I went to grad school and eventually learned to write academic prose, but the dream of being a writer — or even better, an author — faded with jobs, mortgages, family, and non-fiction publications. However, my wife reminded me of my earlier ambition, and I have some ideas, so it’s worth going down that path again. I’ve identified the Algonkian Writer’s Conference as a good source of writing instruction as it’s not too academic — been there, done that — and seems to be well informed, practical, and economical. Caius Lowell will continue to be the venue for my opinion writing, but here will be my fiction laboratory in which I experiment a type out my lessons. Will let you know how it goes.

Replacing Marxism with Complexity

I just learned that May 5, 2018 was the 200th anniversary of Karl Marx’s birthday, so happy birthday Karl! But I would be remiss to point out that this is a bittersweet occasion given the history of Marxism and the great fiasco of the Soviet Union as well as many, many other lesser fiascos.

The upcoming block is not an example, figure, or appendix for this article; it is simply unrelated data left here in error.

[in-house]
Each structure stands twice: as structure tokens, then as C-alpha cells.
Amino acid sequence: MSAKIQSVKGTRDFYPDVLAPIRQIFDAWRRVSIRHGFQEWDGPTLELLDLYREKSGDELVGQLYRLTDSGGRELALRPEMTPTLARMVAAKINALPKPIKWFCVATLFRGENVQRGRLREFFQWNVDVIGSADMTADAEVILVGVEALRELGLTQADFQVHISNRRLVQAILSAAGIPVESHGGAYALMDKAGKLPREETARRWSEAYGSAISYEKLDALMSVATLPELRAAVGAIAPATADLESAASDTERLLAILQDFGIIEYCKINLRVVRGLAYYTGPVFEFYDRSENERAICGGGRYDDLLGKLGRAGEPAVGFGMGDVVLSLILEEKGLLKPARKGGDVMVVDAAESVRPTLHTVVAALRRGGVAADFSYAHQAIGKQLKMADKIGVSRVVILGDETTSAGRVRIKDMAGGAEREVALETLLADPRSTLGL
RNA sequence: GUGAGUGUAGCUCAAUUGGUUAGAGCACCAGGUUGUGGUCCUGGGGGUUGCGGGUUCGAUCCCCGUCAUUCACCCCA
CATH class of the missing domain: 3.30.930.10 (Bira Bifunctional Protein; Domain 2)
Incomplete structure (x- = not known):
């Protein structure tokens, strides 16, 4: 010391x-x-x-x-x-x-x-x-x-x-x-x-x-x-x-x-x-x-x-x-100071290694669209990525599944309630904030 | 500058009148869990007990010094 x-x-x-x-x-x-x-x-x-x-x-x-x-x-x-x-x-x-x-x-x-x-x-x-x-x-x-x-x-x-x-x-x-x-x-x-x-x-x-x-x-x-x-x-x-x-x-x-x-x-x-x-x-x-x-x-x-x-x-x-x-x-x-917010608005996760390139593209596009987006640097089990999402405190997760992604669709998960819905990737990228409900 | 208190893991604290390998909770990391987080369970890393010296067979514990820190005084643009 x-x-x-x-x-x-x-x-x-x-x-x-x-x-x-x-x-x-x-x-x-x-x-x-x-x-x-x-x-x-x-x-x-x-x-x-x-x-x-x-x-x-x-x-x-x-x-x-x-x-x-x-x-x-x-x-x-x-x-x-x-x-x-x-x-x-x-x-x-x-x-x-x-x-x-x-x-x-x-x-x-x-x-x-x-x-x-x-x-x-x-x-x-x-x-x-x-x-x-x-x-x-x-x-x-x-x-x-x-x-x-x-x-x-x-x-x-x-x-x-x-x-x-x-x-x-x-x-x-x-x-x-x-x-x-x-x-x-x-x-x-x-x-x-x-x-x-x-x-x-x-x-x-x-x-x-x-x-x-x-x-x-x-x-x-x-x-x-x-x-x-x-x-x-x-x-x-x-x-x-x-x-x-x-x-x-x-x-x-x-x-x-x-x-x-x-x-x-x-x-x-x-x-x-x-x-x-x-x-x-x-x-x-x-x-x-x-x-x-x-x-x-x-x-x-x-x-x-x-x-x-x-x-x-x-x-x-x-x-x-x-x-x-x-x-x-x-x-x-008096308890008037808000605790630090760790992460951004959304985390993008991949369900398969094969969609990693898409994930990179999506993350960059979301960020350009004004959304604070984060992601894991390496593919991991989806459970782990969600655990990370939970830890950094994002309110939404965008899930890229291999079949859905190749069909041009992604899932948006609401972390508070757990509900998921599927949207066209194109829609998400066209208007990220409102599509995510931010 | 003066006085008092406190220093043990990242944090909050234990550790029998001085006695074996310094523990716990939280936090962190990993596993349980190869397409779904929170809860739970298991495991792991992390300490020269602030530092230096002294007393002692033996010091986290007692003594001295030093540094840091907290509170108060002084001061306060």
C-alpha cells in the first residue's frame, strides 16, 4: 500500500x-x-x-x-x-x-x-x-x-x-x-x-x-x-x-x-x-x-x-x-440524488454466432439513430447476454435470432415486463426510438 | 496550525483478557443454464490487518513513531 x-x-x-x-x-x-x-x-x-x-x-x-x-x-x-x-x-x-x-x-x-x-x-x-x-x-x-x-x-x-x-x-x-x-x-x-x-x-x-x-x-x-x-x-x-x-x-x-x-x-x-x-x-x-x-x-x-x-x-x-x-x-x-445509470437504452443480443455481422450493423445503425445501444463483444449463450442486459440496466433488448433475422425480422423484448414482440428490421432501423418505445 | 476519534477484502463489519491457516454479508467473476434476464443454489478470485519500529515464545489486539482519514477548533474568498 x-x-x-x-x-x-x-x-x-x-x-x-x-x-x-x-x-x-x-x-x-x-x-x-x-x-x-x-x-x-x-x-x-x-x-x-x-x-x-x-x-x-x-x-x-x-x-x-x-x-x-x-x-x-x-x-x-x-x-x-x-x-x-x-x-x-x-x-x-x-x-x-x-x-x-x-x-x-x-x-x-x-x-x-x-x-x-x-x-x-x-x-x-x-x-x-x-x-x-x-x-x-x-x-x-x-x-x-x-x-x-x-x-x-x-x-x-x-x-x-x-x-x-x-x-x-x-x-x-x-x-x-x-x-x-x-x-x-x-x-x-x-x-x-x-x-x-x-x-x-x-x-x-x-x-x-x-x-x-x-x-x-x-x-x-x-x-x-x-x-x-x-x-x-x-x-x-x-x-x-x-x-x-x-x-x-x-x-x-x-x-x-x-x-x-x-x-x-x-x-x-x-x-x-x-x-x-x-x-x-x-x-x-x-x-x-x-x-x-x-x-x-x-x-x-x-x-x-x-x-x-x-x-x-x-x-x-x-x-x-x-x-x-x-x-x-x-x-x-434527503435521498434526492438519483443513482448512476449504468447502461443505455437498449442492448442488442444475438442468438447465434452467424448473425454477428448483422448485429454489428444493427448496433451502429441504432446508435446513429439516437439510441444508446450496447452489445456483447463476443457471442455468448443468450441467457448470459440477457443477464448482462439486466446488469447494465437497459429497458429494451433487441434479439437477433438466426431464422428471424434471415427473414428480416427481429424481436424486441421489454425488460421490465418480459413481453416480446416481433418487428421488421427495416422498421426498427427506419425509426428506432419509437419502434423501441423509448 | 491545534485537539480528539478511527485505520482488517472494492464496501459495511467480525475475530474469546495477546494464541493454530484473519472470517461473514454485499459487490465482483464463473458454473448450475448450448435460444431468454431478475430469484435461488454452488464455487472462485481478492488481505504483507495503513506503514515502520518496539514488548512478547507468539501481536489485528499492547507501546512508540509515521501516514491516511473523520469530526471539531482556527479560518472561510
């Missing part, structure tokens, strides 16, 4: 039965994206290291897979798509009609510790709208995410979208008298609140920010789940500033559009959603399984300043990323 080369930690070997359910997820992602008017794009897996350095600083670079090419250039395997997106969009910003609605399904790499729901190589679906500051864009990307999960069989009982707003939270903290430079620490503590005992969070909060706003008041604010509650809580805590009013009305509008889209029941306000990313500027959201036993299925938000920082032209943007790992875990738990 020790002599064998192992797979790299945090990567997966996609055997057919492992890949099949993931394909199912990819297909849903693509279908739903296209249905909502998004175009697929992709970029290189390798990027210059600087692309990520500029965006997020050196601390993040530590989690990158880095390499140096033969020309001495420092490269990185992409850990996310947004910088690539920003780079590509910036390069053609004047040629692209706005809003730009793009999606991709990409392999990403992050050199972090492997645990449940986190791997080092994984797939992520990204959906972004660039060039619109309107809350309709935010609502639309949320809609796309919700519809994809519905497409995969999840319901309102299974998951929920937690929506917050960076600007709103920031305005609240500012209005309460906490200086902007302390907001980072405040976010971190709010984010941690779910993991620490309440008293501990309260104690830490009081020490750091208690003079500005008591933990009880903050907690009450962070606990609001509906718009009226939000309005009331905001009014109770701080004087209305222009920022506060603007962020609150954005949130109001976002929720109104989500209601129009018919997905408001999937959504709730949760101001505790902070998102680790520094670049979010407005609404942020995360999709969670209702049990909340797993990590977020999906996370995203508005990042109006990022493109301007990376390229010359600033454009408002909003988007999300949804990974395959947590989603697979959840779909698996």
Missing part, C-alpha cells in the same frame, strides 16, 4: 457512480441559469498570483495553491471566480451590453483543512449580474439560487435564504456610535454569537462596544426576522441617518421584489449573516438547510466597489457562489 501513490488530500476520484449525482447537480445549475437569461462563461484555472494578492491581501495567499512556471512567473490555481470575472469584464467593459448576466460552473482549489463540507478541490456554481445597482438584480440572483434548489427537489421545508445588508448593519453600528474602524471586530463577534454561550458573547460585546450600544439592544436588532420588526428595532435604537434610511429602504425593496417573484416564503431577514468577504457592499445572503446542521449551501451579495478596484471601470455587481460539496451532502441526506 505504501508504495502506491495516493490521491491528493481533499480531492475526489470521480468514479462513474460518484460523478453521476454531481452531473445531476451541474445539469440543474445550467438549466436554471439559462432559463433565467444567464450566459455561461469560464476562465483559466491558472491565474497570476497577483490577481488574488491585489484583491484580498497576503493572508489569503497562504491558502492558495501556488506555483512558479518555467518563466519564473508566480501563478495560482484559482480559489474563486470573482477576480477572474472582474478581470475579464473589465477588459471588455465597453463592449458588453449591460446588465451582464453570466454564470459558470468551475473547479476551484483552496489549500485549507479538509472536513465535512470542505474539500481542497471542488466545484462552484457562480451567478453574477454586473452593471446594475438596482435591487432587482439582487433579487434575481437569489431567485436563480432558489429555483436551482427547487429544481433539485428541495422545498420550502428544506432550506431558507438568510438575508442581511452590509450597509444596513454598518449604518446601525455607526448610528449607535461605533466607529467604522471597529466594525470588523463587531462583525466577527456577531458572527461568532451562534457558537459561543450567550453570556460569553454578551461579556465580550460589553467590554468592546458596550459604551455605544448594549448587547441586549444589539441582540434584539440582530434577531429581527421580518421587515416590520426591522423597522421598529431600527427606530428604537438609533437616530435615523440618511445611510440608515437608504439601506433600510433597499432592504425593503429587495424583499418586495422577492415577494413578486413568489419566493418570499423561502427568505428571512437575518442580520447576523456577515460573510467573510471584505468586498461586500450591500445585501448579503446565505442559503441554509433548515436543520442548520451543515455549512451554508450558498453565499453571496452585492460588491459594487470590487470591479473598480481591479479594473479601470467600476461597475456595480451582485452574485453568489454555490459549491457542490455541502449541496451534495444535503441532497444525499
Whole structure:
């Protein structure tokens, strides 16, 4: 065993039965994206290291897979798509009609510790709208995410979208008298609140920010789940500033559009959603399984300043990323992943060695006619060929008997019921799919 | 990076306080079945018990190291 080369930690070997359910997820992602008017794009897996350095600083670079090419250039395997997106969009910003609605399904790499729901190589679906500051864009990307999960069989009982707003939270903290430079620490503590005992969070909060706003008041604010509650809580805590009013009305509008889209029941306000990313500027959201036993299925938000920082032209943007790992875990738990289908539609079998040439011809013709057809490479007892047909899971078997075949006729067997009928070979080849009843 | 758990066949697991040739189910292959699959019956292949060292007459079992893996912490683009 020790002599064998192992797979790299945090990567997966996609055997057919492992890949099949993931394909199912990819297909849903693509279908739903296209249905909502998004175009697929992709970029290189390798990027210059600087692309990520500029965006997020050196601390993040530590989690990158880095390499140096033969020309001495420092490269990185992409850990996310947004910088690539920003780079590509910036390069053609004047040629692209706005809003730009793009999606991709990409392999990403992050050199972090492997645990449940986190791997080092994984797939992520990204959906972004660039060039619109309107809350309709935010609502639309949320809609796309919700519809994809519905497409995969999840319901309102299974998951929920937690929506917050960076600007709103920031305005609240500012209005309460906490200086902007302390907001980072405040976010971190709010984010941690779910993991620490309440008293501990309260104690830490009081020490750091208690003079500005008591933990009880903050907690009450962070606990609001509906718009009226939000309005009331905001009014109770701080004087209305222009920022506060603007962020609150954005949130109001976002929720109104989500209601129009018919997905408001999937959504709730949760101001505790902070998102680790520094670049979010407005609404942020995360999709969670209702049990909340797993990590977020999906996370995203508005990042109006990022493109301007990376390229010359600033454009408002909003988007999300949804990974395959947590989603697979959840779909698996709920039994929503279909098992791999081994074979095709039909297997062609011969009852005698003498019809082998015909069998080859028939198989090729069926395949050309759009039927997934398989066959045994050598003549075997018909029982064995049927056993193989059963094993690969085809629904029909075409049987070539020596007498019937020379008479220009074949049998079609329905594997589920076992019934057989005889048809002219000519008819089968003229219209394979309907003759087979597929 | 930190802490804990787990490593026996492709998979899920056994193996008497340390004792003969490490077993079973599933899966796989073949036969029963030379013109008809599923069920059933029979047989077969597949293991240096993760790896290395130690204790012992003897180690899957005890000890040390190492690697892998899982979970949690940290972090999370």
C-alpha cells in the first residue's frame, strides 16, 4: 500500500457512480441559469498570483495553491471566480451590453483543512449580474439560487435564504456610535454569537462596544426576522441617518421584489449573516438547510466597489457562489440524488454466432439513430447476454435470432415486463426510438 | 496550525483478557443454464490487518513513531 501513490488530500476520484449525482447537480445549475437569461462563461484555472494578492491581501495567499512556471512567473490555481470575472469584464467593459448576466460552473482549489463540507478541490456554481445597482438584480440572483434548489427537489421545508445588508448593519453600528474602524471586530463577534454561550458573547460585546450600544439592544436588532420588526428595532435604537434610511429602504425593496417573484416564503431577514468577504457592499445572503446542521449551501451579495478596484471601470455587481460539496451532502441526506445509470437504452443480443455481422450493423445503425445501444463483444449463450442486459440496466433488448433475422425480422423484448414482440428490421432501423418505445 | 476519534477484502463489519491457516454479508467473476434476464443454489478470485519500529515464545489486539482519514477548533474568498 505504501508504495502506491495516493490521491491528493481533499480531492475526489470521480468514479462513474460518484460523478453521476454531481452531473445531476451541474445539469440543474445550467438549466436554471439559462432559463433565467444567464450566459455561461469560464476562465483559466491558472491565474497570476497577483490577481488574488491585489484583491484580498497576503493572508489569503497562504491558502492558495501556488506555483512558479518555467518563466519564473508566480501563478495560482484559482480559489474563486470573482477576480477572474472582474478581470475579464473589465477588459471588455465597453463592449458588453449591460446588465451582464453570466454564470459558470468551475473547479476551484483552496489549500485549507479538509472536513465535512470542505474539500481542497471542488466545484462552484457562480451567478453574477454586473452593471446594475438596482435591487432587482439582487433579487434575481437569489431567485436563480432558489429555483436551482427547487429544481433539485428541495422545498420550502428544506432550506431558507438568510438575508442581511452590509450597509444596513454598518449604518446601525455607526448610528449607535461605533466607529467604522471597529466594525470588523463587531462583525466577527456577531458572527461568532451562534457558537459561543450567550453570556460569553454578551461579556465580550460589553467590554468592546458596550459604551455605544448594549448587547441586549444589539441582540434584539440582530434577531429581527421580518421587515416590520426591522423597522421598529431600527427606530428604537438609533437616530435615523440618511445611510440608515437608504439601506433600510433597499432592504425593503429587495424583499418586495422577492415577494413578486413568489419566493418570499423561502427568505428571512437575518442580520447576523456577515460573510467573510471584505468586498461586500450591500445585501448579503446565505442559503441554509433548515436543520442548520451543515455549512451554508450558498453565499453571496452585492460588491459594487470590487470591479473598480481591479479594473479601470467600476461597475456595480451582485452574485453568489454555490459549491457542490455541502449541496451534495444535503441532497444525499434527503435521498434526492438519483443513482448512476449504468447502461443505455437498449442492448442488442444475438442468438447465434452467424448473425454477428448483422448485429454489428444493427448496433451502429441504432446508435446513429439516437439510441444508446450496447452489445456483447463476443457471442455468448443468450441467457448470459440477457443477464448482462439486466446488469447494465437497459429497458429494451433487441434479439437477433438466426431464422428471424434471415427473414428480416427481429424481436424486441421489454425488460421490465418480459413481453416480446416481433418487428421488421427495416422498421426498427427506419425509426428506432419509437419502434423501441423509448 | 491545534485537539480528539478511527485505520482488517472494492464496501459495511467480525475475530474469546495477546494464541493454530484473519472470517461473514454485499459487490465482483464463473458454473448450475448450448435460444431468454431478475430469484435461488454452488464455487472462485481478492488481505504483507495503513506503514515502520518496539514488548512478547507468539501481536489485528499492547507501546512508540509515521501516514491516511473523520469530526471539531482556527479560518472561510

I might point out, on a personal note, that the title of this blog, “Course 17”, which is what they call political science at MIT, is in part due to Karl, if I may call him Karl. You see, there was a professor there, let’s call him Prof. Kilo, which is appropriate since it implies the metric system, the implied ascendancy of science, and the rejection of regressive tradition and backward religion — by force if necessary — which frequently it proved to be.  I my case, I wrote a paper against socialism in an MIT class called “Rationality”. Being a computer scientist — what they call “Course 6” at MIT — I noted that computational theory shows there are all sorts of interesting limits that pop up quite quickly when it comes to the predictability of computers with perhaps the most famous being the halting problem, which states you can’t tell it a computer program is going to halt or stop unless you actually run the program. When it comes to actual day-to-day programming, this theory manifests itself through the need to save backups before making and testing even small changes because frequently what I thought was going to work didn’t, and I needed to get back to what I knew did work. This is counter-intuitive to non-programmers because I knew more about that code than anybody in the world because I wrote it, but the code had become sufficiently complex that my mind couldn’t predict what it would do. I had theories, sure, but they needed to be tested and were frequently found… wanting.